Original article

Scand J Work Environ Health 2017;43(1):68-74    pdf full text

https://doi.org/10.5271/sjweh.3592 | Published online: 09 Sep 2016, Issue date: 01 Jan 2017

Association between occupational lifting and day-to-day change in low-back pain intensity based on company records and text messages

by Andersen LL, Fallentin N, Ajslev JZN, Jakobsen MD, Sundstrup E

Objective This study aimed to investigate the association between occupational lifting and day-to-day change in low-back pain (LBP) intensity.

Methods Each day for three consecutive weeks, 95 full-time workers from 51 Danish supermarkets with frequent occupational lifting replied to daily text messages about LBP intensity (scale 0–10). Supervisors at the supermarkets provided information about daily working hours and load (number of different pallets handled) for each worker during the three weeks. Linear mixed models with repeated measures tested the association between variables controlled for LBP during the previous day and various confounders.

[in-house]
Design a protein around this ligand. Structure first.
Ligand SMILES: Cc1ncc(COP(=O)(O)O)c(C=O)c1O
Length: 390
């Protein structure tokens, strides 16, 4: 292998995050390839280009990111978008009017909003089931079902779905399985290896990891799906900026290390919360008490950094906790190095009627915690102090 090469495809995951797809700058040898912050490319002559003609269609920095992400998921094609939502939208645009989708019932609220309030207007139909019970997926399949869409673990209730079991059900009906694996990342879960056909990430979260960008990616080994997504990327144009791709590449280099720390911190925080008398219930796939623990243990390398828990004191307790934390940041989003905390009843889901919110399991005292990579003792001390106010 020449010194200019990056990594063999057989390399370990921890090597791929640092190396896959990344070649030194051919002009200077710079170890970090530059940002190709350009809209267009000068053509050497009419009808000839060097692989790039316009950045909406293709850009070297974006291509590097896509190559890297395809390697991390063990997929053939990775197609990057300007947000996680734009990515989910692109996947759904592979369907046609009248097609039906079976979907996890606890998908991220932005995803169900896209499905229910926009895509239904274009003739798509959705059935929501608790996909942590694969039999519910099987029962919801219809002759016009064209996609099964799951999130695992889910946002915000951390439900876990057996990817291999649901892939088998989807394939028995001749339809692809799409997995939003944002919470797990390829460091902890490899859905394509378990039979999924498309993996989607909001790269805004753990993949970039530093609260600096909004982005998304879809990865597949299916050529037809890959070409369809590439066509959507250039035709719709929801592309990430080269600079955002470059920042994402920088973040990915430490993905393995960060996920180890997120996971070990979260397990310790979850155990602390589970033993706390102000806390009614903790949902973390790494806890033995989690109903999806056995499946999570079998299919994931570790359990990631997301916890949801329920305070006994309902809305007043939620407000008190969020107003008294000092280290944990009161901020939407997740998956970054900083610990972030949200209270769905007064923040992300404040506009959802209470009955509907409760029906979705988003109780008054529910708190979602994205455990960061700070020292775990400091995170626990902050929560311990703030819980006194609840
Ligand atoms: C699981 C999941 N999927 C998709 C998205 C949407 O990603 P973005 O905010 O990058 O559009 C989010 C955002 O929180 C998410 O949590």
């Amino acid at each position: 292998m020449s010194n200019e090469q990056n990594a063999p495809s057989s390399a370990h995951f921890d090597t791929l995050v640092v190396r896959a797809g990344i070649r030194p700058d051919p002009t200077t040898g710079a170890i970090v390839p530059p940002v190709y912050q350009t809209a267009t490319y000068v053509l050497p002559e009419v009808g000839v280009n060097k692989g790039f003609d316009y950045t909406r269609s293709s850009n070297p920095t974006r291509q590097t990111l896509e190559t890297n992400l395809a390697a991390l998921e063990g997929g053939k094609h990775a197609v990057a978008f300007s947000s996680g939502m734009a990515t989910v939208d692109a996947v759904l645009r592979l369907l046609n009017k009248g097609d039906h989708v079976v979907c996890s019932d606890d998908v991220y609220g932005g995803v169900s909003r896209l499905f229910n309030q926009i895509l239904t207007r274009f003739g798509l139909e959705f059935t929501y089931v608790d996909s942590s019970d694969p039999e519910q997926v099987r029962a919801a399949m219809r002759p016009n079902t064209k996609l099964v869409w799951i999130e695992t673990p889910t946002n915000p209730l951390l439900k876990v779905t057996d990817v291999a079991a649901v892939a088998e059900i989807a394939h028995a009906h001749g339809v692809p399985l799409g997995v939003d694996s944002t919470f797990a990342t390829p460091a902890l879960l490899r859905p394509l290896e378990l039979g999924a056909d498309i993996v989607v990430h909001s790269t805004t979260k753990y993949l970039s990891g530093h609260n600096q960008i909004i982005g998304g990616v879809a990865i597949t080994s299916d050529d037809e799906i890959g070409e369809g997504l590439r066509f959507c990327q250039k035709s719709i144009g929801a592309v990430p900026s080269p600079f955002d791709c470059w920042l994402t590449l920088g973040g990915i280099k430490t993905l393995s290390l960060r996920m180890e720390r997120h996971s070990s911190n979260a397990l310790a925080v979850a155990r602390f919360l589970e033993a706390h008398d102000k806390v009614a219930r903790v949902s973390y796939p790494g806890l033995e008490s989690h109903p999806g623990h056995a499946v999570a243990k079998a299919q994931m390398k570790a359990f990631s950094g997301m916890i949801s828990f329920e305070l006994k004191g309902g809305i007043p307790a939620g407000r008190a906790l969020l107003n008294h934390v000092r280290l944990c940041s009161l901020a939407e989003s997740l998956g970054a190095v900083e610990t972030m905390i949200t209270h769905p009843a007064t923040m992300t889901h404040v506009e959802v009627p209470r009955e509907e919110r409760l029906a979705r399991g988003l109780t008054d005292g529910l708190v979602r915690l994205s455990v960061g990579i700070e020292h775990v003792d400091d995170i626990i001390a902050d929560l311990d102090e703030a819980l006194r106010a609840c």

Results Workers handled on average 1212 [standard deviation (SD) 861] kg and worked 8.5 (SD 1.8) hours per workday. LBP intensity was higher in the morning after work- compared with non-workdays [difference of 0.55, 95% confidence interval (95% CI) 0.39–0.71]. A cumulative effect of consecutive workdays existed, ie, pain intensity increased approximately 0.30 points per day for up to three days. For three consecutive work- compared with non-workdays, the difference was 0.92 (95% CI 0.50–1.34). Higher load resulted in higher pain intensity in the morning after workdays [0.16 (95% CI 0.02–0.31) per ton lifted], while no effect was found for number of daily working hours.

Conclusion Among workers with frequent occupational lifting, workdays are associated, in a cumulative manner, with increased LBP intensity. Furthermore, an exposure–response association exists between workload and increased LBP intensity. However, the increase in pain intensity was small and future studies should assess whether long-term consequences exist.

This article refers to the following texts of the Journal: 2010;36(1):3-24  2010;36(3):189-201  2012;38(6):582-589
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